Note 4.-When questions, asked by verbs, are followed by answers, che rising inflection, in a high tone of voice, takes place at the end of the questing, and, after a long pause, the answer must be pronounced in a lower tone,
1. Are you desirous that your talents and abilities may procura you respect'? Display them not ostentatiously to public view. Would you escape the epoy which your riches' might excite? Let them not minister to pride, but adorn them with humility.
2. There is not an evil incident to human nature for which the gospel doth not provide a remedy. Are you ignorant of many things which it highly concerns you to knows? The gospel offers you in struction. Have you deviated from the path of duty'? The gospel
odtere you forgiveness. Do temptations' surround you? The gospe offers you the aid of Sleaven. Are you exposed to misery'? I COD
Are you subject to death ? It offers you iinmortality.
RULE XIV.-The inflections at the note of erclamation
are the same as at any other point, in sentences simi larly constructed.
1. The Almighiy sustains and conducts the universy It was he who separated the jarring elements! It wil he who hung up the worlds in empty space'! It was be who preserves them in their circles, and impels them in their course'!
2. How pure, how dignified should they be, whole origin is celestial! How pure, how dignified should they be, who are taught to look higher than earth; to expect to enjoy the divinest pleasures for evermore, and to "shine forth as the sun in the kingdom of their Father'!"
RULE XV.- When the exclamation, in form of a ques.
tion, is the echo of another question of the same kind, or when it proceeds from wonder or admiration, always requires the rising inflection.
EXAMPLES. 1. Will you for ever, Athenians, do nothing but walk up and down the city, asking one another, What news'? What Lews'! Is there anything more new than to see a mar. of Macedonia become master of the Athenians, and give laws to all Greece'?
2. What'. might Rome then have been taken, if those men who were at your gates had not wantel courage' for the attempt?—Rome taken when I' was (unsul!Of honors I had sufficient-of life enough-more than enough.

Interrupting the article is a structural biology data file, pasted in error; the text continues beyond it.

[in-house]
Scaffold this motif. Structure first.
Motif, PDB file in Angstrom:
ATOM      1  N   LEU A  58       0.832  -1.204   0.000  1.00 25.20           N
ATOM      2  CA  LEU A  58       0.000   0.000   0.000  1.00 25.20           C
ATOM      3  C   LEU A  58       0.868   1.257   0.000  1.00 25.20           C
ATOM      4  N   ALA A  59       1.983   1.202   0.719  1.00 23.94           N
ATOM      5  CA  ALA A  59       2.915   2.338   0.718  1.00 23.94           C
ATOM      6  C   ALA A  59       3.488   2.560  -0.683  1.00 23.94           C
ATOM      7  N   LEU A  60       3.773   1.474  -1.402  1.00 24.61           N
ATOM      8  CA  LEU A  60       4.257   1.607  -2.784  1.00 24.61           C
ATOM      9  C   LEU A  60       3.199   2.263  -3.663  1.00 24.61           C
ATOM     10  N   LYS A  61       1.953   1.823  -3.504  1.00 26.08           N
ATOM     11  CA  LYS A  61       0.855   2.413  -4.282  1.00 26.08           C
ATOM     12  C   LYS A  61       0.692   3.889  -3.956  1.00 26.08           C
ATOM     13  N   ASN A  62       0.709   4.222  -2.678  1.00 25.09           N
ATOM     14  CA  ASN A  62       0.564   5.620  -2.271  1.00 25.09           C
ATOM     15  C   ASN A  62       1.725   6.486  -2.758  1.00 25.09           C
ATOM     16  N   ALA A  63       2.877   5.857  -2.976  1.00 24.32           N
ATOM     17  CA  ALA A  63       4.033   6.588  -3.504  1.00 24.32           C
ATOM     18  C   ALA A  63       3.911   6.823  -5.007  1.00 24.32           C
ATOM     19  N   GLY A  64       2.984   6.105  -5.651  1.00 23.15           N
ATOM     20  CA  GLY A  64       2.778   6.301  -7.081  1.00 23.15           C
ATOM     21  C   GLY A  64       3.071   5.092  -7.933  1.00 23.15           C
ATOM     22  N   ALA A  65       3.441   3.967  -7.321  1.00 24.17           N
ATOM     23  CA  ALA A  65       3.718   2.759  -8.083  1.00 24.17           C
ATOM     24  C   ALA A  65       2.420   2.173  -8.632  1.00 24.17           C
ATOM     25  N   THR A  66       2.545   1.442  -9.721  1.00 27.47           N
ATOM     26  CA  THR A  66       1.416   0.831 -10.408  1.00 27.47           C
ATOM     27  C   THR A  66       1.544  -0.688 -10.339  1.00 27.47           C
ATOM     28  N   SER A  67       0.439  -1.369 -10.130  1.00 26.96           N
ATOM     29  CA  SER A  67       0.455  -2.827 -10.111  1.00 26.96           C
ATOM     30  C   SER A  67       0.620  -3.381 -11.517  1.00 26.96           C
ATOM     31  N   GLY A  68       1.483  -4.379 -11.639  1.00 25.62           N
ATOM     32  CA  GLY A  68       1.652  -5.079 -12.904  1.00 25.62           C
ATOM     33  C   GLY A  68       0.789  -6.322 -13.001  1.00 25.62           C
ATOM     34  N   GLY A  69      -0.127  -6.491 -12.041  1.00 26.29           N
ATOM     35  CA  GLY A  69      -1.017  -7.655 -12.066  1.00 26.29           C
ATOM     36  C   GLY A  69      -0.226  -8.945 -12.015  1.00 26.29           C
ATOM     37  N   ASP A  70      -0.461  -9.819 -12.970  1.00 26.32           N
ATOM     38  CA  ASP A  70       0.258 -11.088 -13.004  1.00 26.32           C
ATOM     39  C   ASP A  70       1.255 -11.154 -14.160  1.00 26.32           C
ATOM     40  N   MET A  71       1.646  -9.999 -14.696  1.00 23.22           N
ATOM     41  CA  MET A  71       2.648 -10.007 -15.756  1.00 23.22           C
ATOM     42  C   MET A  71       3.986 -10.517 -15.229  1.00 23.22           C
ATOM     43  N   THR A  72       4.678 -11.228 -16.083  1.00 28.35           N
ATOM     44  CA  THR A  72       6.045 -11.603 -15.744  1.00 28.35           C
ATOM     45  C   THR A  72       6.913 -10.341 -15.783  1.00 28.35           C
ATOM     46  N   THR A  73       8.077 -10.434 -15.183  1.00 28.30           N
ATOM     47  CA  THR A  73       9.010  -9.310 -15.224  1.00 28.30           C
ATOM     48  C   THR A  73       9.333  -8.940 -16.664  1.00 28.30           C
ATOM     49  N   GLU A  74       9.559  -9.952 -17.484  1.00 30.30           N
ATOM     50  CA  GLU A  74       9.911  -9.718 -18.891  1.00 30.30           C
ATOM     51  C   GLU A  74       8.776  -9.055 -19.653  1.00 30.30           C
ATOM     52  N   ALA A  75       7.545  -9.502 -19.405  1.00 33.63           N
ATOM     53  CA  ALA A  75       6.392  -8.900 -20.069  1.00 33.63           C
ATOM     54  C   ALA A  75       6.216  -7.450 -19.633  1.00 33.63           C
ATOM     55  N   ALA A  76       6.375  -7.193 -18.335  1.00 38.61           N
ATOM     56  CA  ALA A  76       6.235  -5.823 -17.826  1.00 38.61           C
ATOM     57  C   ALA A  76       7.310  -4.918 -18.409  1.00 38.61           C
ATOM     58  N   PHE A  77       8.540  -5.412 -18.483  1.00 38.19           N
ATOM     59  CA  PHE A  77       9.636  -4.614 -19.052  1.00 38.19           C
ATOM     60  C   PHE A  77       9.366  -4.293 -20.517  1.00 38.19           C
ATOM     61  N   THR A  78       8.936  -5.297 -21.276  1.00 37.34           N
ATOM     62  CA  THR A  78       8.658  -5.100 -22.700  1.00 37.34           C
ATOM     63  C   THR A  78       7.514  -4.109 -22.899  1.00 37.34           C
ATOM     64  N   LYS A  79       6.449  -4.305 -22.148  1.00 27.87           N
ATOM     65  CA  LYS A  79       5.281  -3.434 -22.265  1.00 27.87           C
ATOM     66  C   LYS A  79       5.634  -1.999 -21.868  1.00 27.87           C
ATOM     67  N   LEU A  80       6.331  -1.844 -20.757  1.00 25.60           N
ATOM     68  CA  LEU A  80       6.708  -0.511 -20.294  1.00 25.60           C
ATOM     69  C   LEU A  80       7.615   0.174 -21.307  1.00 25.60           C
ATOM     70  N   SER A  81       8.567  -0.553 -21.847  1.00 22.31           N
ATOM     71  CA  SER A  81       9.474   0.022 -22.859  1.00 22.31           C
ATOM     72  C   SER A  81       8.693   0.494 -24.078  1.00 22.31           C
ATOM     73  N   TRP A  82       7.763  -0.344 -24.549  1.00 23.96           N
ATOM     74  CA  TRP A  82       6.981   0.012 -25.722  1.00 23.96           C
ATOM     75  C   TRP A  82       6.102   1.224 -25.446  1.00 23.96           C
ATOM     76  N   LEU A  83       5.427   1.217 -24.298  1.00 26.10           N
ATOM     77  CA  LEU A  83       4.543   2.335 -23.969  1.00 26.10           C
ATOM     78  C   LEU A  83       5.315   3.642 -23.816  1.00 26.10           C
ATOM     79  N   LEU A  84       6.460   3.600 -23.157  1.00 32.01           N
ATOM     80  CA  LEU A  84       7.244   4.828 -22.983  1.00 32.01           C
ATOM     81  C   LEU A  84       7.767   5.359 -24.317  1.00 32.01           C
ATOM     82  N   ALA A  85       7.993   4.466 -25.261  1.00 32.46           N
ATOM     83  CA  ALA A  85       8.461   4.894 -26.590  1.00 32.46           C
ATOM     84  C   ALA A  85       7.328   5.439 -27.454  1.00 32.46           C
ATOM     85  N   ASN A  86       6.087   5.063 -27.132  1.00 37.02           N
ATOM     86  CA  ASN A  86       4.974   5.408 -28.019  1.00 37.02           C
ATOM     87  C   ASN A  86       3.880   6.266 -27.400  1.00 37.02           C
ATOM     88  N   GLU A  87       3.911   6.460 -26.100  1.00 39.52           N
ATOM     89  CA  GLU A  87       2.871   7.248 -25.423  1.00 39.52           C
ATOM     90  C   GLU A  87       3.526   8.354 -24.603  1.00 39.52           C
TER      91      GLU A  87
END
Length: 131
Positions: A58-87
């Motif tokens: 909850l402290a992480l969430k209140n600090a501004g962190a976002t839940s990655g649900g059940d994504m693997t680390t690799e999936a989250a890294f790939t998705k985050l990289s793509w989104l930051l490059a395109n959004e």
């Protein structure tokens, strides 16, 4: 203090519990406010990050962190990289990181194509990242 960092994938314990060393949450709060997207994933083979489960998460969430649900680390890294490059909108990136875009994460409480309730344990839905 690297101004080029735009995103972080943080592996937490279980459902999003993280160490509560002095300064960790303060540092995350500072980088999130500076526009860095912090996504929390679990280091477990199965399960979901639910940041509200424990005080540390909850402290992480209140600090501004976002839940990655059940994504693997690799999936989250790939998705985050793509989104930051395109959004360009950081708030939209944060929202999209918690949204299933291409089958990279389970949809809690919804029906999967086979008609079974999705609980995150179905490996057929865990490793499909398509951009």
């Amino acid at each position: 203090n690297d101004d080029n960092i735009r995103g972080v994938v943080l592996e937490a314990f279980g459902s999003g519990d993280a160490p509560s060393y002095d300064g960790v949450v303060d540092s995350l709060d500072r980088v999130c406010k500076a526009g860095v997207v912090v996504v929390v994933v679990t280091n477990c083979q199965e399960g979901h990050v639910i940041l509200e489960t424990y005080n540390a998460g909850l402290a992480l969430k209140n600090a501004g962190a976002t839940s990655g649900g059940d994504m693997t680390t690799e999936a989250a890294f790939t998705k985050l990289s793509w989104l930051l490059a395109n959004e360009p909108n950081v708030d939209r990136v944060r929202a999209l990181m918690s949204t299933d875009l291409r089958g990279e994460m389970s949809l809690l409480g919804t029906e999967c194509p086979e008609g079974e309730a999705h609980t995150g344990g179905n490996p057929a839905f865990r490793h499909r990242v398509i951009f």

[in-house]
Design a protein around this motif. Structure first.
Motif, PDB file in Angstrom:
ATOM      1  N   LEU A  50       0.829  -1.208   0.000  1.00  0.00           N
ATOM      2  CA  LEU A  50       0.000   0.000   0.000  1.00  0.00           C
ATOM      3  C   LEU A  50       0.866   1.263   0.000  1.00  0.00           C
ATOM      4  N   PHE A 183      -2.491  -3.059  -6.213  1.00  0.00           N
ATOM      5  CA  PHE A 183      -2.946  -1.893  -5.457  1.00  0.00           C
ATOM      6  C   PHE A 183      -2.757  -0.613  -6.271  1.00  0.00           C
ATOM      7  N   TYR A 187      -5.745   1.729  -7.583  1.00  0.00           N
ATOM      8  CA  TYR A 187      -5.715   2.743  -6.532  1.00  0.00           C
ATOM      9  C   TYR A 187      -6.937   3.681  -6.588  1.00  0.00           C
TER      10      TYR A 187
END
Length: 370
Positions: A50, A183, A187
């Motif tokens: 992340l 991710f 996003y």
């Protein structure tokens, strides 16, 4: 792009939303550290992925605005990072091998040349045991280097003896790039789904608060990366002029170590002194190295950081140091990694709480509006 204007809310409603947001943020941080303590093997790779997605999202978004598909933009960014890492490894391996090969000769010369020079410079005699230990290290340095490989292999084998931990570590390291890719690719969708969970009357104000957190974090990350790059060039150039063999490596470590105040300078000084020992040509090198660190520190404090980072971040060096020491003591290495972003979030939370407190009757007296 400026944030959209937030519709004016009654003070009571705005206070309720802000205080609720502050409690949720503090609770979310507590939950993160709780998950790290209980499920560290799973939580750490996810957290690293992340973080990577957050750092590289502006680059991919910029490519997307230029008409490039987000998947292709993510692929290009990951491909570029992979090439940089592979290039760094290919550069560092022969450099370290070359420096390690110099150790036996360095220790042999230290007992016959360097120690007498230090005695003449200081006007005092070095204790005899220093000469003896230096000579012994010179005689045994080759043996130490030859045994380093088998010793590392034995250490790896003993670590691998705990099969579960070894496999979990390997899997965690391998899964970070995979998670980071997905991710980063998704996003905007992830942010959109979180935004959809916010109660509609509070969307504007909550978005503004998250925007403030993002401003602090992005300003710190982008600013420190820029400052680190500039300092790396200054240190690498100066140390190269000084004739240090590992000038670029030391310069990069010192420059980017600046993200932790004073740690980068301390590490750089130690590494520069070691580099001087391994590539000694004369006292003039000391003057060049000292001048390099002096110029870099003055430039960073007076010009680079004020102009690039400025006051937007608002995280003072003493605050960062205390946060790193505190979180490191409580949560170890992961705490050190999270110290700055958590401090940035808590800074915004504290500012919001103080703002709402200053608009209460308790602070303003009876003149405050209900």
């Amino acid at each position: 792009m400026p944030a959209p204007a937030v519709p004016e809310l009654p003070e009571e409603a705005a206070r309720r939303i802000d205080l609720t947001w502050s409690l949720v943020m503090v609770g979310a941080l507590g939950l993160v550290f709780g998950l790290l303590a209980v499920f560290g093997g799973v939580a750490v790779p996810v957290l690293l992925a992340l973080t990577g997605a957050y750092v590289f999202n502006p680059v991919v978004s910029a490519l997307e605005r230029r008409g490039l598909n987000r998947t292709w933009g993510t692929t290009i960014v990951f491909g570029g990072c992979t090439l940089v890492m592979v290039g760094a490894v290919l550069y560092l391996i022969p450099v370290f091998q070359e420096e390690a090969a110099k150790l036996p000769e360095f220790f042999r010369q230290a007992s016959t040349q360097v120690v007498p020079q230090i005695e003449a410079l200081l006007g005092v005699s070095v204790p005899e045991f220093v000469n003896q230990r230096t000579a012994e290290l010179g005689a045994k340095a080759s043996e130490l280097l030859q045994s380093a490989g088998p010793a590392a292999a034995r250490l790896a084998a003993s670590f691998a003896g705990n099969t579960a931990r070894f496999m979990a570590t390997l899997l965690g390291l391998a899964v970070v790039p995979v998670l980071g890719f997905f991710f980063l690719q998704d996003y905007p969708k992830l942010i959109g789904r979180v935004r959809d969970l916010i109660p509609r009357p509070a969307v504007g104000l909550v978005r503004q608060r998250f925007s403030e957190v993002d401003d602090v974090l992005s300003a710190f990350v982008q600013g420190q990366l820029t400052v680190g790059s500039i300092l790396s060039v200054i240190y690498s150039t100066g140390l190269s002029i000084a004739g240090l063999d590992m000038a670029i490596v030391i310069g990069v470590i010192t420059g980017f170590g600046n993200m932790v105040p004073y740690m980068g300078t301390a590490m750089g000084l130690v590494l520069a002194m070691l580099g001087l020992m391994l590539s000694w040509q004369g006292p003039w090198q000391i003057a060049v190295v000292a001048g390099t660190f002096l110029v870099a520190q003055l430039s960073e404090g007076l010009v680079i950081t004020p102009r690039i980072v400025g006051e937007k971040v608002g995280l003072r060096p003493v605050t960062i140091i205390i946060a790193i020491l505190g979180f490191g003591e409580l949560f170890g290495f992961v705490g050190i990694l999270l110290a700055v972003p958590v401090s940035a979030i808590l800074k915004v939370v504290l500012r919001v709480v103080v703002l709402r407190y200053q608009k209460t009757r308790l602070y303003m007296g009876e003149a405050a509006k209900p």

RULE XVI.-A parenthesis must be pronounced in a lower
tone of voice than the rest of the sentence, and conclude with the same pause and inflection which terminate the member that immediately precedes it.*
EXAMPLES. 1 Though fame, who is always the herald of the great, has seldom doigned to transmit the exploits of the lower ranks to posterity', (for it is commonly the fate of those whom fortune has placed in the vale of obscurity to have their noble actions buried in oblivion';) yet, in their versés, the minstrels have preserved many instances of domestic woe and felicity.
2. Uprightness is a habit, and, like all other habits, gains strength by time and exercise. If, then, we exercise' upright principles, (and we cannot have them unless we exercise' them.) they must be perpetually on the increase.
Note 1.-The end of a parenthesis must have the falling inflection when it terminates with an emphatical word.
Had I, when speaking in the assembly, been absolute and indeped dent master of affairs, then your other speakers might call me to ao count. But if ye were ever present, if ye were all in general invitec to propose your sentiments, if ye were all agreed that the measures
* A parenthesis must also be pronounced a degree quicker than tho rest of the sentence ; a pause, too, must be made both before and after it, proportioned in length to the more intimate or remote one portion, which it bas with the rest of the sentence.